Symposium: “Absences, deficiencies and malfunctions in biological and medical explanations“ at the Second international conference of the Gesellschaft für Wissenschaftsphilosophie GWP.2016 “Philosophy of Science Between the Natural Sciences, the Social Sciences, and the Humanities“
March 9, 2016, 11 a.m. – 13 p.m.
Heinrich Heine University
Aims and Scope:
Absences, deficiencies and malfunctions play an indispensible role as causal factors not only in everyday life but also in many scientific explanations and models, especially in the biological and medical sciences. Thus, molecular biological and neurophysiological mechanisms typically involve not only positive factors, but also the absence of inhibiting or disturbing factors. Many diseases are prima facie caused by the lack of certain substances in the body (e.g., scurvy is explained by a shortage of vitamin C) or by the prevention of processes that are vital to life (e.g., HIV causes death by reducing the number of immunocompetent cells in the organism).
Often, it does not only make a causal difference whether a certain factor has occurred or not, but also to which extent it has occurred, i.e., whether it has exceeded or fallen below a certain threshold. It may be, for instance, that vitamin C has not been completely absent in the body, but that there has not been enough of it, so that the patient developed scurvy. A similar phenomenon located somewhere between the total presence and the total absence of causal factors is the phenomenon of dysfunctions. Dysfunctional processes in a complex system are not ‘nothings,’ strictly speaking – they are processes, after all. Yet, in some quantitative or qualitative respect, these processes fall short of their proper function.
A fundamental question related to the causality of absences, deficiencies and dysfunctions is whether the distinction between what happens or fails to happen and between what is enough or not corresponds to an objective matter of fact, or whether these are distinctions which cannot be accounted for without reference to human expectations, interests or normative principles that are otherwise taken to be alien to the purity of a metaphysical theory of causation. The upcoming workshop is intended to address these and adjacent questions:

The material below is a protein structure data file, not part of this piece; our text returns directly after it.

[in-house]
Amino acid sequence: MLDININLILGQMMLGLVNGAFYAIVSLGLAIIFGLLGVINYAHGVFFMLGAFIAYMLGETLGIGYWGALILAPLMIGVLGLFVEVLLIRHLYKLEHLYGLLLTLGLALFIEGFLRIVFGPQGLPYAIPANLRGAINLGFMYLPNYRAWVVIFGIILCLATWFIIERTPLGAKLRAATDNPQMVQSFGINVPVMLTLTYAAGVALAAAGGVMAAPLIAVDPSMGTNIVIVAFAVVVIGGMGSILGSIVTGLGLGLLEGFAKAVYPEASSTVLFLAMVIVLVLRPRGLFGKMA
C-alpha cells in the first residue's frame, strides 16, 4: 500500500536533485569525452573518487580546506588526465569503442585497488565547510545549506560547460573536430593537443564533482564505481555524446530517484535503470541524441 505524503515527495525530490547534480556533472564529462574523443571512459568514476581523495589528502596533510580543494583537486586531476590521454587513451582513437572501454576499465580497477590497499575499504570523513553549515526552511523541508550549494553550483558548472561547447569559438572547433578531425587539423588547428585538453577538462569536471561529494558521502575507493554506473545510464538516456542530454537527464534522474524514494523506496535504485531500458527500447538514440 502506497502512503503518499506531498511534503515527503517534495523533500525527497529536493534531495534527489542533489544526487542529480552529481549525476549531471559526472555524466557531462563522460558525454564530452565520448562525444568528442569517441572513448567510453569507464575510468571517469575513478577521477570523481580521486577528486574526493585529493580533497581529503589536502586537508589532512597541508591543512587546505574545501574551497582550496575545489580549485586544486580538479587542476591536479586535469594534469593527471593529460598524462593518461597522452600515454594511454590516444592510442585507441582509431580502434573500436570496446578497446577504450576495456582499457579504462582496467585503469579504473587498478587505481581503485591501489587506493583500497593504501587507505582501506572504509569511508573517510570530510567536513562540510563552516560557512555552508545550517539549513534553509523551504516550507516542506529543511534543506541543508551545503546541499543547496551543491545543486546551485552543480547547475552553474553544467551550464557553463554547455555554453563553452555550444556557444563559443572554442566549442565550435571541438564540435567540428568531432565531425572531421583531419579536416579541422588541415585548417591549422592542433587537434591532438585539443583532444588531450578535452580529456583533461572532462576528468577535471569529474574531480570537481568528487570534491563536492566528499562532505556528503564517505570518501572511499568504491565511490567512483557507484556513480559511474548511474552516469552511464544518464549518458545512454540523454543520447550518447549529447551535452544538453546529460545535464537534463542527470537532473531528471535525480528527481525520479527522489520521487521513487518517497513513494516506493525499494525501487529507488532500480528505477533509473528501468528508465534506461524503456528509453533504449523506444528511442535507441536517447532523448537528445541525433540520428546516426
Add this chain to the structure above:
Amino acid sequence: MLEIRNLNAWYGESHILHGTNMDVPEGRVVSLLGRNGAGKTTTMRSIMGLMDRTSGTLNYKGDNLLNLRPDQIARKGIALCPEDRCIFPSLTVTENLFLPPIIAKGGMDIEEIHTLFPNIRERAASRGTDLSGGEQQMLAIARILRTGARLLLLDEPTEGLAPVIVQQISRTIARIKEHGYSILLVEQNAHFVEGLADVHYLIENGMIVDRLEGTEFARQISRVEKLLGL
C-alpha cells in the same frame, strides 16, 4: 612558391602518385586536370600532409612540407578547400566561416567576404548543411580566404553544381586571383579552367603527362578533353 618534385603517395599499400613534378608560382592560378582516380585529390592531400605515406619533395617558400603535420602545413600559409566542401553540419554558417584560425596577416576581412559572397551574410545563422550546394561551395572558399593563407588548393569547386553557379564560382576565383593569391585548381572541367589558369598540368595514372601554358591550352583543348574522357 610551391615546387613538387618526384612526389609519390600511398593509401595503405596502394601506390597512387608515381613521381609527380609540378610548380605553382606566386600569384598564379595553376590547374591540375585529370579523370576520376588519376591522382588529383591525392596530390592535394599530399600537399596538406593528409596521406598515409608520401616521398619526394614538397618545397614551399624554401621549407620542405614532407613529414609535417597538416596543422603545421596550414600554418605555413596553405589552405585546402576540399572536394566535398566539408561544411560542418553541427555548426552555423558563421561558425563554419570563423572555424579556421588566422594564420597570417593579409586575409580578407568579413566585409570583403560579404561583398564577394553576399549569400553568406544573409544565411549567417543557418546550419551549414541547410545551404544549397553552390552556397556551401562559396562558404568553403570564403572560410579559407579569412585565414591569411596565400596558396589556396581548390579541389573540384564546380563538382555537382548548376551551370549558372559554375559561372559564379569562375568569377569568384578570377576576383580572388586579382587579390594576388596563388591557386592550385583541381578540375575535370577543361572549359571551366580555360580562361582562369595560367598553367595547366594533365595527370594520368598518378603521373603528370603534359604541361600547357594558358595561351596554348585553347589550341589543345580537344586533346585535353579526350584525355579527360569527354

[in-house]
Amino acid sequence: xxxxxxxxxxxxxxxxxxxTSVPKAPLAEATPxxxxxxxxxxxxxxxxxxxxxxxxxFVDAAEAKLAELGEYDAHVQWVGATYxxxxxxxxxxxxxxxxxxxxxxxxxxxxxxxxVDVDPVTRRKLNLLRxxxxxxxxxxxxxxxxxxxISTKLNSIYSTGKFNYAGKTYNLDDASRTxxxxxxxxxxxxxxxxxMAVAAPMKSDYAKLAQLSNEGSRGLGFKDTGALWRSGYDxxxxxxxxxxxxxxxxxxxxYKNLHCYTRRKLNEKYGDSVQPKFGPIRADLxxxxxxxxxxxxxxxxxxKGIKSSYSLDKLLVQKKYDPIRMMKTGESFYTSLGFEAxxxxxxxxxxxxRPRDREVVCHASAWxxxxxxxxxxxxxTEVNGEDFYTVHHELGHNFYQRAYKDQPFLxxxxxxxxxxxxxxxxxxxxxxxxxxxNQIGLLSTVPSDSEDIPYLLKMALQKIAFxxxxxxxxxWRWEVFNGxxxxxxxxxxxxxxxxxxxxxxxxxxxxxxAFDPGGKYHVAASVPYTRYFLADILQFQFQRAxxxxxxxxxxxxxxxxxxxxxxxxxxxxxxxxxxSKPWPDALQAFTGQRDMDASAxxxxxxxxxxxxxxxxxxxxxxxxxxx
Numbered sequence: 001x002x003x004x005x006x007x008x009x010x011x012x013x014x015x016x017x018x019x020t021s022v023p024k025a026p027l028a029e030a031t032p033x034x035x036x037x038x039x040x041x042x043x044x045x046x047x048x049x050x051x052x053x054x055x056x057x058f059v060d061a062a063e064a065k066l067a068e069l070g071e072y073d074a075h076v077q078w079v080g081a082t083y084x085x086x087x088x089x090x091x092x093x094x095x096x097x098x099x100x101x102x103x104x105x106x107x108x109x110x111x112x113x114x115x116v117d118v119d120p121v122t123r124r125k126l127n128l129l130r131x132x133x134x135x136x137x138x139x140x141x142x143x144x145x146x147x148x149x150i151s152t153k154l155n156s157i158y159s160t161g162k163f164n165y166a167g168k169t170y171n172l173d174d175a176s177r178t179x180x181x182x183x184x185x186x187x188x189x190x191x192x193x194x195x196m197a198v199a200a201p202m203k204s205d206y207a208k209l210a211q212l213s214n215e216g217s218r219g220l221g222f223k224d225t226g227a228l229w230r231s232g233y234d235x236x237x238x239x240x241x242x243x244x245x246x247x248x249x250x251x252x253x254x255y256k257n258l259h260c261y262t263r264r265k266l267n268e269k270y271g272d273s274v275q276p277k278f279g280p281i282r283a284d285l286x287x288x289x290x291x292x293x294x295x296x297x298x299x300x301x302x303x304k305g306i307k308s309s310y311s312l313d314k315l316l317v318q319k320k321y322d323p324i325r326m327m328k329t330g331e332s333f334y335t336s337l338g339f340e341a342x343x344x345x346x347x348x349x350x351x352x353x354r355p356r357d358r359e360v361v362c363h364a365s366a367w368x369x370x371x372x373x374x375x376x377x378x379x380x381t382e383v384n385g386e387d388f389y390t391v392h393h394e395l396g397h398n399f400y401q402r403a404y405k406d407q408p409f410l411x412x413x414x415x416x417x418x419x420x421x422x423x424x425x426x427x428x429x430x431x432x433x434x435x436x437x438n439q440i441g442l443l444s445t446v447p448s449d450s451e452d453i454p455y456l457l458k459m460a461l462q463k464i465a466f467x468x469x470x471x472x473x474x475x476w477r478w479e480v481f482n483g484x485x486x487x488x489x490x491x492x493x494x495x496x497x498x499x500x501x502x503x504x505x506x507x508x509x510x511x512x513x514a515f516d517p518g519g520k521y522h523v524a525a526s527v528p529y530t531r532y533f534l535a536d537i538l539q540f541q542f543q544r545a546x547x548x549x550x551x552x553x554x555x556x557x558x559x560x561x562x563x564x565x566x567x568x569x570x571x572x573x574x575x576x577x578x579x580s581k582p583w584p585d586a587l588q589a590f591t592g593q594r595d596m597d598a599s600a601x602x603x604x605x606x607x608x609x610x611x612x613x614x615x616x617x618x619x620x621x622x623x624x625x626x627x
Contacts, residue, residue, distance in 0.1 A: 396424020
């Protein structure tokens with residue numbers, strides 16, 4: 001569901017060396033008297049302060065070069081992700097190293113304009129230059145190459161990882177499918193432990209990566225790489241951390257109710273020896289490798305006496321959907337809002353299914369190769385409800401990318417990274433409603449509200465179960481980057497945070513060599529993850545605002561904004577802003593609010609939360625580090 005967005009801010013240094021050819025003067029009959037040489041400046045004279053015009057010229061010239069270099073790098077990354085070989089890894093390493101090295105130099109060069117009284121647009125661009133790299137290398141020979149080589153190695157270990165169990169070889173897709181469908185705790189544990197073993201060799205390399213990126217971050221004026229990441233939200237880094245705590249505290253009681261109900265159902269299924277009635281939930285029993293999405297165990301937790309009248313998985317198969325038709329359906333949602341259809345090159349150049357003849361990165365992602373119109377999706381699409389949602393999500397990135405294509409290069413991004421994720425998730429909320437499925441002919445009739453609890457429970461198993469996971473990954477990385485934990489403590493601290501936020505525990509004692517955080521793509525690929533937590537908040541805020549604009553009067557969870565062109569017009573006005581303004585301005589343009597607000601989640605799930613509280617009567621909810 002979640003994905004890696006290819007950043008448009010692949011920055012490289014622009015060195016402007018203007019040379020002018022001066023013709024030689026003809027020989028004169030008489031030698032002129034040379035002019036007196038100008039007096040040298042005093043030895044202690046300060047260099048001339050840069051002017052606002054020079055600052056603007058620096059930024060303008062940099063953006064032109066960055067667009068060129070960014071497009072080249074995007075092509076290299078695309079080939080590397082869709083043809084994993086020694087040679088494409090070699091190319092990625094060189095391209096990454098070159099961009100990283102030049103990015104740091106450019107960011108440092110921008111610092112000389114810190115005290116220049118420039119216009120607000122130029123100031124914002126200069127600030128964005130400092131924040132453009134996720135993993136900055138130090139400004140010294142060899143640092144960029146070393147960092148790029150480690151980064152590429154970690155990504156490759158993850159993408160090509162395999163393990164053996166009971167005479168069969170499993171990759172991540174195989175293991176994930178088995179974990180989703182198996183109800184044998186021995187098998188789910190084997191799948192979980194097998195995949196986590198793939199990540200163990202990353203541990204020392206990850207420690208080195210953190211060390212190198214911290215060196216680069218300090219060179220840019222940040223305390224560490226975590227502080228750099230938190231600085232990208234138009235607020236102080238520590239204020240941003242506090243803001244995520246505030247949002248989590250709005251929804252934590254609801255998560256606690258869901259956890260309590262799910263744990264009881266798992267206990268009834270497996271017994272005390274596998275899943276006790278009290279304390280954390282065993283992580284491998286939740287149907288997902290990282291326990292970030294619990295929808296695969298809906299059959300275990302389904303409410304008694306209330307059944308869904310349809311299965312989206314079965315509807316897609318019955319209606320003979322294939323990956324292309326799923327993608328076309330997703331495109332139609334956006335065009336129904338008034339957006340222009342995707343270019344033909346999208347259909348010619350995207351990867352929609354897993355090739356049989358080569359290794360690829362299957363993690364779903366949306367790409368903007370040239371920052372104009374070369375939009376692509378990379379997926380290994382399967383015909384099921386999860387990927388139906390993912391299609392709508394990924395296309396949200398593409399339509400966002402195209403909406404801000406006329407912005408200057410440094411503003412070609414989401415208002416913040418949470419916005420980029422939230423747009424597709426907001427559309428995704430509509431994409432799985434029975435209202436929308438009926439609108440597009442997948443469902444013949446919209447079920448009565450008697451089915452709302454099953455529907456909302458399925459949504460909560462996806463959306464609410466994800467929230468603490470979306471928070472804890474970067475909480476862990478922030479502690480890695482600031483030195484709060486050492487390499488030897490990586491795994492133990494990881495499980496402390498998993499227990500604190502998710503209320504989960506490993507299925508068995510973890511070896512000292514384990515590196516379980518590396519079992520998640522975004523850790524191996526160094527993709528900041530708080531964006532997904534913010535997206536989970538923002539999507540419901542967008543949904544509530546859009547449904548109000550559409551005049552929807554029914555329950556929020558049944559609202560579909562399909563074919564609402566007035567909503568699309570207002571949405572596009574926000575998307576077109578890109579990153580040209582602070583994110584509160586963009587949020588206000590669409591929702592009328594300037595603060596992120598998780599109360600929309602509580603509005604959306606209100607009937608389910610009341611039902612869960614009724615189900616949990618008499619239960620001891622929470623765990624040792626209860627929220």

· Are there, objectively speaking, such things as negative events, states or processes in biological and medical systems?
· Are negative factors bestowed with causal relevance only insofar as they are focused from a ‘therapeutic’ perspective which aims to fix or remove that which is absent, deficient or disturbing, or may they also be causally relevant apart from such a focus?
· What is the ontological status of biological and medical functions?
· What are the conceptual differences between dysfunction, functional deficit, malfunction, hypofunction, and hyperfunction? Are these differences of ontological and/or medical significance?
· What is the causal relationship between functions/dysfunctions and life/survival/death/early death? Is there a quantitative, measurable or calculable relationship? Is the “amount” of functional deficit a numerical, quantitative magnitude?
· In most cases, one kind of dysfunction – e.g., kidney or heart failure – may be caused by very different causes and may be symptom of very different diseases. Should all these occurrences really count as the same kind of dysfunction, or should they be conceptually differentiated in philosophical analyses?
· Might privations and dysfunctions have explanatory value without being real or without being causal?
· What is the status of scientific explanations that refer to fully or partly negative entities?
Ludger Jansen: “Functions, malfunctioning, and negative causation”
Functional explanations are common currency both in biology and engineering: Causal features of a system part or processes in which a part participates can be explained by reference to its function; system processes can be explained by reference to the functions of the parts of the system. At least some of these explanatory patterns can not only be applied in cases of normal functioning, but also in the case of malfunctioning.
According to a straightforward (though not consensual) analysis, a bearer of the function to F is malfunctioning if and only if it has the function to F but not the disposition to do so.
This makes explanations of malfunctioning peculiarly problematic. First, they seem to be a case of negative causation, as they refer to absent dispositions. Second, this analysis seems to require that the function to F cannot be identical with the disposition to F. But then we seem to be trapped in a dilemma: Either the realm of functions is separated from the realm of dispositions; then functions seem to be causally inefficient. Or functions are identical with dispositions; but then malfunctioning seems to be conceptually impossible.
The paper reviews how the causal, etiological and intentional theories of functions can deal with these problems. In particular, it will discuss how the interdependent distinctions between historical vs. intrinsic features on the one hand and between types vs. tokens on the other hand can be exploited to develop a coherent account of the causal role of functions. While function types are not identical to disposition types, there are important interrelations between functions and dispositions. These will be found (1) in the historical dimension, (2) on the type level, and, (3) maybe also on the instance level: Instances of functions may well be considered also to be instances of dispositions.